If the diesel fuel entering through area 10 is found to be of decreased (or increased) water content, the probe 15 and sensor 16 will so indicate; and the amount of ketal admitted through nozzles 23 will be decreased (or increased).
In this example, a specific illustrative embodiment is described utilizing the apparatus of FIG. 2. Conduit 11 is a 0.25 inch diameter pipe which opens out into enlarged portion 10 which is 1 inch in diameter. Sump 13 is a 6 inch diameter vessel, 6 inches long, secured by threads 33 to the lower portion of conduit 11. Agglomerator 12 is a one-inch thick body of steel filings (of about 1 mm thick and about 1 cm long) maintained between two screens.
Catalyst bed 25 contains 20 grams of Amberlyst 15 brand of catalyst.
Flowing through conduit 11 is 1 gallon per hour of D-1 diesel oil containing 0.1 w % water.
As the flowing oil passes through agglomerator 12, water suspended therein tends to agglomerate into large particles, and as this leaves the agglomerator 12, the heavier water (together with lighter oil) passes downwardly through inlet portion 30 past probe 15. In this embodiment, the probe 15 (and sensor 16) may be a Model W B 100G conductivity meter of the Scully Electronics Company (Wilmington, Mass.) which is sensitive to the presence of water. An electrical signal is generated at 16 which passes through line 17 to activate pump 18.
2,2-dimethoxy propane (0.01 gallons per hour) is passed from storage vessel 20 through line 21, pump 18 and line 22 to nozzles 23 from which it is projected into sump 13. Here the dimethoxy ketal, by its velocity head provided by nozzles 23 moves the mixture of dimethoxy ketal, water and any entrained oil upwardly through the body of acid resin catalyst 25. As the mix passes through the catalyst, the dimethoxy ketal reacts with the water to form acetone and methanol; and the mix passes upwardly into area 27 of the conduit.
The diesel fuel so treated is found to have a water content of less than 0.01 w %.
In this example, an embodiment is described (see FIG. 3) which may be particularly useful when the non-aqueous liquid contains a very small quantity of water--say less than about 0.05 w %.
In this embodiment, the non-aqueous liquid passes through conduit 11. As the flowing stream contacts probe 15, the presence of water therein illustrates a signal in sensor 16 which signal passes through line 17 to activate pump 18. 2,2-dimethoxy propane charged from line 19 to vessel 20 passes through line 21, pump 18, line 22, and nozzles 23 into the stream of liquid wherein it is mixed. As the mixture passes through acid resin catalyst bed 25, the 2,2-dimethoxy propane reacts with the water and the liquid is thus dried. The liquid of decreased water content is withdrawn through area 27.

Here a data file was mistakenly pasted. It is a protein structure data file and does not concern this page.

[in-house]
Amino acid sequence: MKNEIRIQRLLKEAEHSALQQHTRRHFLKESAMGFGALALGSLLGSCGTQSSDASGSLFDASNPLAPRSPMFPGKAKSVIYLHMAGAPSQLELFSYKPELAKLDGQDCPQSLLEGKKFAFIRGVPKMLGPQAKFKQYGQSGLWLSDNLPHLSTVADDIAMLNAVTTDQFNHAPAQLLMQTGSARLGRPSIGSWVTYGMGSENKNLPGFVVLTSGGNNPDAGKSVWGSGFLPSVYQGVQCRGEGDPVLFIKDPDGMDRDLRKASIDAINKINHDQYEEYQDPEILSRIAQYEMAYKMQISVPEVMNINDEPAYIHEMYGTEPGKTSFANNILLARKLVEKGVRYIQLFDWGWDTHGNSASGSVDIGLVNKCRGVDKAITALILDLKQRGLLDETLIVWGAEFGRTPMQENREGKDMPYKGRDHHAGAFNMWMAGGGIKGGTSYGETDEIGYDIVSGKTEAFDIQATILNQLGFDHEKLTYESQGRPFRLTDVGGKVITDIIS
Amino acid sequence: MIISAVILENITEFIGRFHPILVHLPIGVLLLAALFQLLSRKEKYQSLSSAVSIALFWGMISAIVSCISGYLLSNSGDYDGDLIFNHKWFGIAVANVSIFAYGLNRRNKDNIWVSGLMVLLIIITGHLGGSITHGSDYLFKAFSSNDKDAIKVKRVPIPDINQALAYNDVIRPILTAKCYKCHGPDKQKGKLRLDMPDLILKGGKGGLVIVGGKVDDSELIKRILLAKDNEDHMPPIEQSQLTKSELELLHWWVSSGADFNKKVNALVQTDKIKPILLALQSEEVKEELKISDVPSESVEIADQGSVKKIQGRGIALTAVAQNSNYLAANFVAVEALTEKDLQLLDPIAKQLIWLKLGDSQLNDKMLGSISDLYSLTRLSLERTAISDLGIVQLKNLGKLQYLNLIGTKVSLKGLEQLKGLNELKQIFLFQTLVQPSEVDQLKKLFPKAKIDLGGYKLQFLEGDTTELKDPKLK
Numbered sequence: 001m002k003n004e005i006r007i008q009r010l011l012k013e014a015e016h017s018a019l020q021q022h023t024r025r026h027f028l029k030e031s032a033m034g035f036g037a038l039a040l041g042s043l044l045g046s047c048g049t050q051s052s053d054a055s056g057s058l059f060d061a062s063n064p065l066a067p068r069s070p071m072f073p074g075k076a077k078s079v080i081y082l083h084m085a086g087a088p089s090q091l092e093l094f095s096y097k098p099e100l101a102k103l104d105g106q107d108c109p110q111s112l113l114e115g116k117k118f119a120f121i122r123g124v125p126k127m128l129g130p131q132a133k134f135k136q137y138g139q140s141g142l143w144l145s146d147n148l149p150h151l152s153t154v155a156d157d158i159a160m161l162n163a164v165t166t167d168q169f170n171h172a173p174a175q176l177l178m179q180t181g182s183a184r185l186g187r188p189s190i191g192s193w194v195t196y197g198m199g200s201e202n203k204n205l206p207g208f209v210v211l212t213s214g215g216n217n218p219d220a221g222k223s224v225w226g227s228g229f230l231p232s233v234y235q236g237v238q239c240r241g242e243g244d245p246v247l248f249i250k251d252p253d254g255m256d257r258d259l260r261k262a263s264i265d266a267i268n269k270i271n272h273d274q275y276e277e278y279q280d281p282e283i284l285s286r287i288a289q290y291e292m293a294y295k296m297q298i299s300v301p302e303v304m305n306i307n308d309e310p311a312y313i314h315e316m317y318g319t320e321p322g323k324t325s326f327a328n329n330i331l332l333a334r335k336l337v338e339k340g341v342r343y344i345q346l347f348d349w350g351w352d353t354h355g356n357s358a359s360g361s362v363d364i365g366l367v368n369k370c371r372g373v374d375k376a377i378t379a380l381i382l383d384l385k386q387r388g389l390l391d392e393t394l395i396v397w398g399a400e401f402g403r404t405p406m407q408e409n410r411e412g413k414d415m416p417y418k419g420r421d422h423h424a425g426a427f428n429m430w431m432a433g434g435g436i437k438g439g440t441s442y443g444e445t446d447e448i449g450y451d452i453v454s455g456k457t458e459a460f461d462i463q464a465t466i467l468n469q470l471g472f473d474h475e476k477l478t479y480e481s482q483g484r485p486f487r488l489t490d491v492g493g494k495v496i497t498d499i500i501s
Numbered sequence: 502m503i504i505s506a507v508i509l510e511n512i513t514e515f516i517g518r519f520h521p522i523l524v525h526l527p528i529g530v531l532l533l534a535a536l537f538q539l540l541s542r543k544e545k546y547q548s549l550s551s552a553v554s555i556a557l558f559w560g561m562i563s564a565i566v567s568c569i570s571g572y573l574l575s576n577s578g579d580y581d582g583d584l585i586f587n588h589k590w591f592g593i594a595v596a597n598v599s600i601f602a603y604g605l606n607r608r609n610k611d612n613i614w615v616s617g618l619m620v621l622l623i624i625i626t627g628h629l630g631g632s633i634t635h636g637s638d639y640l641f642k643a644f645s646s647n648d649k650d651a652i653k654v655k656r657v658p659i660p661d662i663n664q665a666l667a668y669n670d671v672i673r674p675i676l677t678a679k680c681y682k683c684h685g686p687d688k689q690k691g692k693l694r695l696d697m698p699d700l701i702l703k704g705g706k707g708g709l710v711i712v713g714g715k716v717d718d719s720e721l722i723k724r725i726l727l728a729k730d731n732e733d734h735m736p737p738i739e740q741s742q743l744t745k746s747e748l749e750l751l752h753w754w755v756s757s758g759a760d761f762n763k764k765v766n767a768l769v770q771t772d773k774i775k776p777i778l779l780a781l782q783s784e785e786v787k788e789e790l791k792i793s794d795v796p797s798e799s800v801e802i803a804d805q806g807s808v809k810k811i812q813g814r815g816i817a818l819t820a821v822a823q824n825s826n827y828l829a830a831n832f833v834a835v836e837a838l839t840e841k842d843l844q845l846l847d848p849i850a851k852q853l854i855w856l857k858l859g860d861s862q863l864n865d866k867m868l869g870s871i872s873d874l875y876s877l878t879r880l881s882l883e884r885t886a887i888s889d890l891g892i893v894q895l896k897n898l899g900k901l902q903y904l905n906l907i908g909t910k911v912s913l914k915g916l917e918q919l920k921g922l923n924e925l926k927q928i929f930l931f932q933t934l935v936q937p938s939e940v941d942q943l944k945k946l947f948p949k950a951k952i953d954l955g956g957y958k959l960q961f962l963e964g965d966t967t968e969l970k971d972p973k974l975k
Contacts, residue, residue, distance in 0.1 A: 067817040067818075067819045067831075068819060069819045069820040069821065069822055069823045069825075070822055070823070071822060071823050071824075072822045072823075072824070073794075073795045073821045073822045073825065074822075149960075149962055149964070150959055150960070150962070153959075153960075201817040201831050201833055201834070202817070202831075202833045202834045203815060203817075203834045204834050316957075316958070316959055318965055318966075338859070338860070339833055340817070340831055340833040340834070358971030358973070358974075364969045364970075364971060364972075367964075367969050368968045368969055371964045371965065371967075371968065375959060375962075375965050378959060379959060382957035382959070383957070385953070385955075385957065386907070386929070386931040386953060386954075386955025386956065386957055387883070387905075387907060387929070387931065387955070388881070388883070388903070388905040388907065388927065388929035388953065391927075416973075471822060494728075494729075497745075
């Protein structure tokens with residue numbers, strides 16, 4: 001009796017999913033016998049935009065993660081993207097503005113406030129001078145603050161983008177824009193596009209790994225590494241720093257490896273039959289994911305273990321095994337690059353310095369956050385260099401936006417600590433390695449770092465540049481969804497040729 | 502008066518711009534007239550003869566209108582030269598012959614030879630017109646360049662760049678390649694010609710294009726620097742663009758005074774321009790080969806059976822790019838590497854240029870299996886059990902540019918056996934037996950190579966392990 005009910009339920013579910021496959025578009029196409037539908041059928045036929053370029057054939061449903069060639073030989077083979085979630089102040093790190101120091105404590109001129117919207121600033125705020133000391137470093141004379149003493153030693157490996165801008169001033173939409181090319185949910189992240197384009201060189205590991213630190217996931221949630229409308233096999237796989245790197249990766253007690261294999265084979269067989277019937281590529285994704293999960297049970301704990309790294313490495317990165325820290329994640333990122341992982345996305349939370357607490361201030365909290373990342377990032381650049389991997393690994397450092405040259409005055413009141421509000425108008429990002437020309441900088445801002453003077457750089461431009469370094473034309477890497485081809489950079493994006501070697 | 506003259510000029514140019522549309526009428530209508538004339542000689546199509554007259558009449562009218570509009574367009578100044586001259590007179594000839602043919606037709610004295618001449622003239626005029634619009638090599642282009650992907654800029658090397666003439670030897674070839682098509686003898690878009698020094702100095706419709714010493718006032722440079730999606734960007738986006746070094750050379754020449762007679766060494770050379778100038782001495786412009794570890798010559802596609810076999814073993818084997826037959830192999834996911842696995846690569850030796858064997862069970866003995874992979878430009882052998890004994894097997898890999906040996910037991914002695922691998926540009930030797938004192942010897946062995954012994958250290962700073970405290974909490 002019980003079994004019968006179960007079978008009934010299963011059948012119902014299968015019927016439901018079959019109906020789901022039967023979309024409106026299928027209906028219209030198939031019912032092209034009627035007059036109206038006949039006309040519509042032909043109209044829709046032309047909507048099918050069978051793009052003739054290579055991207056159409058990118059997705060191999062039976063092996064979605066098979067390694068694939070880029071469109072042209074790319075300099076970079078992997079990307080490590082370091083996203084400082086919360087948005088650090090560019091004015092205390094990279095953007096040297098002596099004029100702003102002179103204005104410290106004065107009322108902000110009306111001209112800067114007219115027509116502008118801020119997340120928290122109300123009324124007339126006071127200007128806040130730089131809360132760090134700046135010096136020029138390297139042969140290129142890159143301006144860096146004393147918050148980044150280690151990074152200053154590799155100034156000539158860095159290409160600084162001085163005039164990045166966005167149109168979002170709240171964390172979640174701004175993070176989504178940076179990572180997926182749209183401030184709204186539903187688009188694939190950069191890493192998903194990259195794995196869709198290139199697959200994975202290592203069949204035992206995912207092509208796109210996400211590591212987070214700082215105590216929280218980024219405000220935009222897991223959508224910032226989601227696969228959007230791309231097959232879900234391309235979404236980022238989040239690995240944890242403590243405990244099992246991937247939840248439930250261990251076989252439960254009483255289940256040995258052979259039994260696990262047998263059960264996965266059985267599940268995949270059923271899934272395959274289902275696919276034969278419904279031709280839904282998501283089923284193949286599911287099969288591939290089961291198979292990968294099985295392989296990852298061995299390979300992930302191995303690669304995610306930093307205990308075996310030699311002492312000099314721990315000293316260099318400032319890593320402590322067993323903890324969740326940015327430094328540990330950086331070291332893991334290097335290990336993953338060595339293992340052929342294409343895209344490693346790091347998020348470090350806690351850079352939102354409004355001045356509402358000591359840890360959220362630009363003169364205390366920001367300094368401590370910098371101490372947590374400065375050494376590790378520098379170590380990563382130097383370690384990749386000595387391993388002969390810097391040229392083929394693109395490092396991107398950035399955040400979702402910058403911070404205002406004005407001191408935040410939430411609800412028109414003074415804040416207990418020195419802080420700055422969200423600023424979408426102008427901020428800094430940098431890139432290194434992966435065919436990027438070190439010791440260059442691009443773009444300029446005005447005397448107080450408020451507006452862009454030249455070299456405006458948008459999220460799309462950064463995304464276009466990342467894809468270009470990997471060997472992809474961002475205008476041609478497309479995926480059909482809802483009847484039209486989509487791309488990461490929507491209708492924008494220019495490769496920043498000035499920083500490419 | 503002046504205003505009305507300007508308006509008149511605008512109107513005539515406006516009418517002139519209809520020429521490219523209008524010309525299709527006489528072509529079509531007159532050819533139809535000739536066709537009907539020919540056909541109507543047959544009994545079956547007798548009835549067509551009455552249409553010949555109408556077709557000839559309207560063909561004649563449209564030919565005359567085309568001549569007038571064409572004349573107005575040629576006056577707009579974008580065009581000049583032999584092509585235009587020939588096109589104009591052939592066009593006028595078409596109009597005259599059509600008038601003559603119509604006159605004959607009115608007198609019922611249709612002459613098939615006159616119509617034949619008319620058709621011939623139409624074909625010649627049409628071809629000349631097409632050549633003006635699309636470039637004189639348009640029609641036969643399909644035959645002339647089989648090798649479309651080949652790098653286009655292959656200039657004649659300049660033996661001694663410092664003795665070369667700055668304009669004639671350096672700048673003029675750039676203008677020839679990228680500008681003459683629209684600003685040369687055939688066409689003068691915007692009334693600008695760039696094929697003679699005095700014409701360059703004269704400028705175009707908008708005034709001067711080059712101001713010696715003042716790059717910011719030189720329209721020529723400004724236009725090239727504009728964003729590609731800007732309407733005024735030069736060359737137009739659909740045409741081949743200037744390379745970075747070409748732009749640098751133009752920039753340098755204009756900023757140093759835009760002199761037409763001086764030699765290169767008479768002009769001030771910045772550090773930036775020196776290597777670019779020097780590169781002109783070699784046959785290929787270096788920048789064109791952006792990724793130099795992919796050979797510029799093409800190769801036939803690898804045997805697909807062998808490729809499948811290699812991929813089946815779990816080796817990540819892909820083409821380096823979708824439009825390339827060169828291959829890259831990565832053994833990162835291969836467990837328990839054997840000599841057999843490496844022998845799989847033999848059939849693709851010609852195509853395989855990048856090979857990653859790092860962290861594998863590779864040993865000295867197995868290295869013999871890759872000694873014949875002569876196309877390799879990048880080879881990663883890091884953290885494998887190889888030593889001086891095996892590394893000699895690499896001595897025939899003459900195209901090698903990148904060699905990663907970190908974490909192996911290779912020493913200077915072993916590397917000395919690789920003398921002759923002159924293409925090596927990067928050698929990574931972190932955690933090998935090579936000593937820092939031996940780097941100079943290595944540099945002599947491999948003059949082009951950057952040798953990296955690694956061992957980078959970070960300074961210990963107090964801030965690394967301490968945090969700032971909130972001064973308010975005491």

In another embodiment of this invention which may be preferred when the charge non-aqueous liquid contains very small amounts of water or when the water is intermittently present, the sump 13 shown in FIG. 2 may be built into the bottom of a fuel tank--preferably a diesel fuel tank and this may be considered the conduit through which the flowing stream passes. In one embodiment, the structure of the sump may be substantially identical to that in FIG. 3 except that the sump in FIG. 4 does not need a lip 32 as is the case of the sump in FIG. 2.
In FIG. 4, the sump is positioned at a low point of the tank 40 to which charge is admitted through line 41 and from which liquid may be withdrawn through line 42. As the water is detected by probe 15, the preferred ketal 2,2-dimethoxy propane is injected into mixing area 24 (as is described in connection with the configuration of FIG. 2). The combined density head and velocity head passes the liquids through bed 25. The mixture in the tank is thus dewatered to desired degree.
Although this invention has been illustrated by reference to specific embodiments, it will be apparent to those skilled in the art that various changes and modifications may be made which clearly fall within the scope of this invention.
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|U.S. Classification||208/188, 210/739, 210/749|
|International Classification||F02B3/06, B01D17/02, C10G33/08, C10G33/04|
|Cooperative Classification||B01D17/0214, C10G33/04, C10G33/08, F02B3/06|
|European Classification||B01D17/02F4, C10G33/04, C10G33/08|
|Jul 20, 1981||AS||Assignment|
Owner name: TEXACO INC., 2000 WESTCHESTER AVE., WHITE PLAINS,
Free format text: ASSIGNMENT OF ASSIGNORS INTEREST.;ASSIGNOR:SWEENEY, WILLIAM M.;REEL/FRAME:003906/0637
Effective date: 19810710
|Feb 7, 1987||REMI||Maintenance fee reminder mailed|
|Jun 28, 1987||LAPS||Lapse for failure to pay maintenance fees|
|Sep 15, 1987||FP||Expired due to failure to pay maintenance fee|
Effective date: 19870628